It's a real effect. A twin-axle trailer (caravan) is a statically indeterminate system.We have a 3380kg ATM van and generally within 100 kg so around 3200 to3300 with ball weight around 260-270kg on our 180kw 2015.
I use 34 front and 46 rear on the Touareg AND 45 on front axle and 50 on rear axle of van.
It was noticeable the difference with different axle pressure on the van. Theoretically the van pressures were calculated using the weight and pressure of actual versus max of tyre
This is a result of a guy called Collyn Rivers on another forum suggesting working out theoretical and dropping front axle by a few psi and increasing rear by same amount. This is for both van and towing vehicle. Theory correct ??? Placebo effect ??? Who knows but it does seem to work for me.
When a fixed structure is supported at just two points (front and back), it is statically determinate. This is the case for a single-axle trailer. You can calculate the loads on it with simple high school physics. The weight borne by each support point (tongue and axle) is proportional to their distance from the trailer's center of mass. So you can shift the loading towards the front or the back only by moving the trailer's center of mass forward or backward. (As an engineer, you can also modify weight distribution by moving the support points forward or back, but that's not an option in an already-manufactured trailer.) Raising or lowering the front/back doesn't matter, at least not until you get to extreme angles.
A statically indeterminate system doesn't work like this. Moving the center of mass forward or back (or moving the support points forward or back) isn't the sole determining factor in how much weight gets put on each support point. The height of each support point also makes a huge difference. Higher supports end up bearing more weight. You can think of this in the extreme case where the tires on the front axle are so deflated that they no longer touch the ground. That axle is now supporting zero weight, while the rear axle supports all the weight (minus the tongue weight). Now reverse the pressures so the rear axle is underinflated, and the front axle supports all the weight while the rear axle supports none.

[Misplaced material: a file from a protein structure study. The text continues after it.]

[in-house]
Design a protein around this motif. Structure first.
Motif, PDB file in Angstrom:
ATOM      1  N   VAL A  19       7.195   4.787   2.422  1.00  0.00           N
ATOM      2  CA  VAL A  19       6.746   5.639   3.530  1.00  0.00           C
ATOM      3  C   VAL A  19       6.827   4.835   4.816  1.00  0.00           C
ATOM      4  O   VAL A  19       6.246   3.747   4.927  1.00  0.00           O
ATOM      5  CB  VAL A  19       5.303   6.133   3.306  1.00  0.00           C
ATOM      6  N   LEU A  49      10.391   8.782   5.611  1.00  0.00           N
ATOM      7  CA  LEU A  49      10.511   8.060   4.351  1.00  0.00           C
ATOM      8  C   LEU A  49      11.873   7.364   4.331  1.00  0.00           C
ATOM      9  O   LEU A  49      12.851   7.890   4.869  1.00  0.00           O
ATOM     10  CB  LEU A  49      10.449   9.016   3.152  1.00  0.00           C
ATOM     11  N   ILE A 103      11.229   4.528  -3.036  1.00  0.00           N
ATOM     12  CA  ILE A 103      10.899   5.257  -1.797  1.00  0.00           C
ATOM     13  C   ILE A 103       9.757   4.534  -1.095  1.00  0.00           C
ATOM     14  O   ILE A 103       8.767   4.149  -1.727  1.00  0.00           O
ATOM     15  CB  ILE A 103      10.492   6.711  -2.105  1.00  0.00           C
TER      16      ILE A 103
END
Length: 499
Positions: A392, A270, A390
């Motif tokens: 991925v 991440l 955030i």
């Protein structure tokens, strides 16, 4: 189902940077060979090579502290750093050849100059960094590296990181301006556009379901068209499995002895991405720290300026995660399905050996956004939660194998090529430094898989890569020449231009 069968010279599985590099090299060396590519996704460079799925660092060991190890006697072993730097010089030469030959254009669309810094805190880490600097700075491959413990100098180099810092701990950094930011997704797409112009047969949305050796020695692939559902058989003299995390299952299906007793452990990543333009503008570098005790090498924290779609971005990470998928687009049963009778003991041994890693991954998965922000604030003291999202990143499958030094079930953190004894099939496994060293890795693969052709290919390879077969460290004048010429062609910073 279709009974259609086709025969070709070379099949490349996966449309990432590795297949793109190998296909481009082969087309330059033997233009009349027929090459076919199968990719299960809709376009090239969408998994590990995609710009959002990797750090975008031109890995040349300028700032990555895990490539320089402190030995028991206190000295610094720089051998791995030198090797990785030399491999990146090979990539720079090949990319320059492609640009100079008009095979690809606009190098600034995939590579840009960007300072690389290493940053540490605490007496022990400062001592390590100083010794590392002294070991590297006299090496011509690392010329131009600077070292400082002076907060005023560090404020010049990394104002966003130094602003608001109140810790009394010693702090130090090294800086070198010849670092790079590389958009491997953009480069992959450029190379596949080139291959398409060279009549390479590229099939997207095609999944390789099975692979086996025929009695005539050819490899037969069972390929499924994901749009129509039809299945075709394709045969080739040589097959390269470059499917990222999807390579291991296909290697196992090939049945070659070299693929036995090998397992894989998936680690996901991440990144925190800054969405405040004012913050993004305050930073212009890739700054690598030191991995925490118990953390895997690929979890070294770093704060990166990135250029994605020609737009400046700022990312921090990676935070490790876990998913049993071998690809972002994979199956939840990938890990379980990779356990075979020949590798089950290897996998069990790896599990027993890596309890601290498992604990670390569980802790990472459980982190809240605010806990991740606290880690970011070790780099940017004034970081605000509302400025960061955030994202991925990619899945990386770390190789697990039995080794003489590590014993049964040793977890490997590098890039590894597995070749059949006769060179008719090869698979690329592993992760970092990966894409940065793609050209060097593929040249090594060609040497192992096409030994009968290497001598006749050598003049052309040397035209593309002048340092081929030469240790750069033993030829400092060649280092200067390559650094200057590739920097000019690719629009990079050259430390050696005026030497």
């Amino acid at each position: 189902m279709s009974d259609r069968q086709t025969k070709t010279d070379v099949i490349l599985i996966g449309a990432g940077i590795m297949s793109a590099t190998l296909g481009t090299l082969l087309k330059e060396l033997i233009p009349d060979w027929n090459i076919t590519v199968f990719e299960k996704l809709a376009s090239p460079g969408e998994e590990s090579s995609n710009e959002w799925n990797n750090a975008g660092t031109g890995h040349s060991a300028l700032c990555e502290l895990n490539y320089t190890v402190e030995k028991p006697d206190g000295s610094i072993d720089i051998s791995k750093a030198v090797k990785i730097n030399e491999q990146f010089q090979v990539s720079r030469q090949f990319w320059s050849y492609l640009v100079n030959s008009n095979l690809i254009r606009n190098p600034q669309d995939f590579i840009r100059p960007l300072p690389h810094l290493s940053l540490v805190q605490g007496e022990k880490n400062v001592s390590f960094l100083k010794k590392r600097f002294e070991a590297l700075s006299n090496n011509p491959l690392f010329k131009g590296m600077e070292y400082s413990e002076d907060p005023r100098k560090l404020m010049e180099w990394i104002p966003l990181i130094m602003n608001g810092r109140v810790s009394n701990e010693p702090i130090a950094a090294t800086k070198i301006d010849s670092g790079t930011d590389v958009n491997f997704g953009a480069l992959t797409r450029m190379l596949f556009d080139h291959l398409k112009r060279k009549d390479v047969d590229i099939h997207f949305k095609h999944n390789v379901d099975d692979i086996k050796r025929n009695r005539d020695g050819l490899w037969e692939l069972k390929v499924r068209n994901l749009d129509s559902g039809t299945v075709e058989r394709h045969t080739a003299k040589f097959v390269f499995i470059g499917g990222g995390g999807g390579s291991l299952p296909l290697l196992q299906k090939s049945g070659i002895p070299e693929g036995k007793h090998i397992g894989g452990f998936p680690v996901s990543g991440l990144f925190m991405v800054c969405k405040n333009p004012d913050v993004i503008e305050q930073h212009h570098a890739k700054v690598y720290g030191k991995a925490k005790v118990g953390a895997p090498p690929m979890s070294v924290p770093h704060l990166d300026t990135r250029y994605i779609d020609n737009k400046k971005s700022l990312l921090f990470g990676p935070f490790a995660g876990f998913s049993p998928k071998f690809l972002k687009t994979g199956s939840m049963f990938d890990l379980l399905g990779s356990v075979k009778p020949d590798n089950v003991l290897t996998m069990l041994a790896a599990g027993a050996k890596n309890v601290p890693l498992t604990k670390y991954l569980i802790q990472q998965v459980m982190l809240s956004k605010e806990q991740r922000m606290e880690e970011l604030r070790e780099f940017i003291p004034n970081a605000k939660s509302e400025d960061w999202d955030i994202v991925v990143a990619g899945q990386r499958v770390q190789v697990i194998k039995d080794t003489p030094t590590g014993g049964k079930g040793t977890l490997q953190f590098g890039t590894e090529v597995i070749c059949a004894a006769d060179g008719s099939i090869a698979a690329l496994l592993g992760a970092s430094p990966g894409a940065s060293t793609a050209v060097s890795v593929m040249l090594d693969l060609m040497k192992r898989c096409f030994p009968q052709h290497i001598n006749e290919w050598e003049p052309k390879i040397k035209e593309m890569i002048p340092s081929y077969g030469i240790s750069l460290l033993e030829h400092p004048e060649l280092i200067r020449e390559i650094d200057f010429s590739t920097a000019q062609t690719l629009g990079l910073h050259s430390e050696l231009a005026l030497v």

So yes, varying the front/rear axle tire pressure has a real effect on the trailer's weight distribution. So does the hitch height, which is why they say to always run twin-axle trailers with the proper hitch height so that it's level. That's vital for assuring load is distributed between the hitch and front/rear axles as intended. There was a post a few months back by a guy whose trailer dealer rigged it up wrong. The hitch height was way too low, causing the twin-axle trailer's rear axle to lift and support less weight. The trailer's front axle was bearing nearly all of the load, meaning the trailer's center of mass was further back relative to the wheels on the ground, causing it to sway.
This is less true for the tow vehicle (which only has two support axles), assuming you're using a simple tow ball (pivot joint) with downward tongue weight. In the U.S., it's popular to use a weight distribution hitch, which does not let the connection between trailer and tow vehicle pivot freely. That couples the trailer with the tow vehicle in pitch, creating a more complex statically indeterminate system (effectively a fixed structure with 4 support axles), allowing you to transfer the trailer's tongue weight to the front or back of the tow vehicle as desired (basically adjusting the pitch angle at which the tow vehicle and trailer meet).
The wiki article on this is a bit too technical. But you can read through it if you want to learn more and can follow the math.